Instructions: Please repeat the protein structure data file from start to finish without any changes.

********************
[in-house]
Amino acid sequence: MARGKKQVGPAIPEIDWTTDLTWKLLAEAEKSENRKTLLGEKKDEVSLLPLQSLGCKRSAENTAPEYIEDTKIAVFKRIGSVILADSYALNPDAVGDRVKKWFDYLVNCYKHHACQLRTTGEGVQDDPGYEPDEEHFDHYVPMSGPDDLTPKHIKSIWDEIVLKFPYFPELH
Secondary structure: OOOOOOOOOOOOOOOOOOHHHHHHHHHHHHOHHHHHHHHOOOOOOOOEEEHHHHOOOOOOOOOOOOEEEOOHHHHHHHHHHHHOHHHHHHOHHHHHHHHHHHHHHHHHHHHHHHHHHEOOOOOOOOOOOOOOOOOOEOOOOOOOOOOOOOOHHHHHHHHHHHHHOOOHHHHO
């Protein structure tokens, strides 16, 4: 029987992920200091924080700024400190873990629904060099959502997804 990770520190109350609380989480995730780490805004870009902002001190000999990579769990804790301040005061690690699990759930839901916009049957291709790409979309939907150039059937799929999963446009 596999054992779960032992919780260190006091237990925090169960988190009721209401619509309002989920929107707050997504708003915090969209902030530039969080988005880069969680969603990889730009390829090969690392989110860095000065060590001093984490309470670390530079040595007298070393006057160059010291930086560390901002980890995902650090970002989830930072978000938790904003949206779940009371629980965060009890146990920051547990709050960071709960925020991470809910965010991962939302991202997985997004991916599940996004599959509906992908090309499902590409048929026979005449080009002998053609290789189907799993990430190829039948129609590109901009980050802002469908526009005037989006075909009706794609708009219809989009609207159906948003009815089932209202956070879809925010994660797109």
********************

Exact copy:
[in-house]
Amino acid sequence: MARGKKQVGPAIPEIDWTTDLTWKLLAEAEKSENRKTLLGEKKDEVSLLPLQSLGCKRSAENTAPEYIEDTKIAVFKRIGSVILADSYALNPDAVGDRVKKWFDYLVNCYKHHACQLRTTGEGVQDDPGYEPDEEHFDHYVPMSGPDDLTPKHIKSIWDEIVLKFPYFPELH
Secondary structure: OOOOOOOOOOOOOOOOOOHHHHHHHHHHHHOHHHHHHHHOOOOOOOOEEEHHHHOOOOOOOOOOOOEEEOOHHHHHHHHHHHHOHHHHHHOHHHHHHHHHHHHHHHHHHHHHHHHHHEOOOOOOOOOOOOOOOOOOEOOOOOOOOOOOOOOHHHHHHHHHHHHHOOOHHHHO
């Protein structure tokens, strides 16, 4: 029987992920200091924080700024400190873990629904060099959502997804 990770520190109350609380989480995730780490805004870009902002001190000999990579769990804790301040005061690690699990759930839901916009049957291709790409979309939907150039059937799929999963446009 596999054992779960032992919780260190006091237990925090169960988190009721209401619509309002989920929107707050997504708003915090969209902030530039969080988005880069969680969603990889730009390829090969690392989110860095000065060590001093984490309470670390530079040595007298070393006057160059010291930086560390901002980890995902650090970002989830930072978000938790904003949206779940009371629980965060009890146990920051547990709050960071709960925020991470809910965010991962939302991202997985997004991916599940996004599959509906992908090309499902590409048929026979005449080009002998053609290789189907799993990430190829039948129609590109901009980050802002469908526009005037989006075909009706794609708009219809989009609207159906948003009815089932209202956070879809925010994660797109």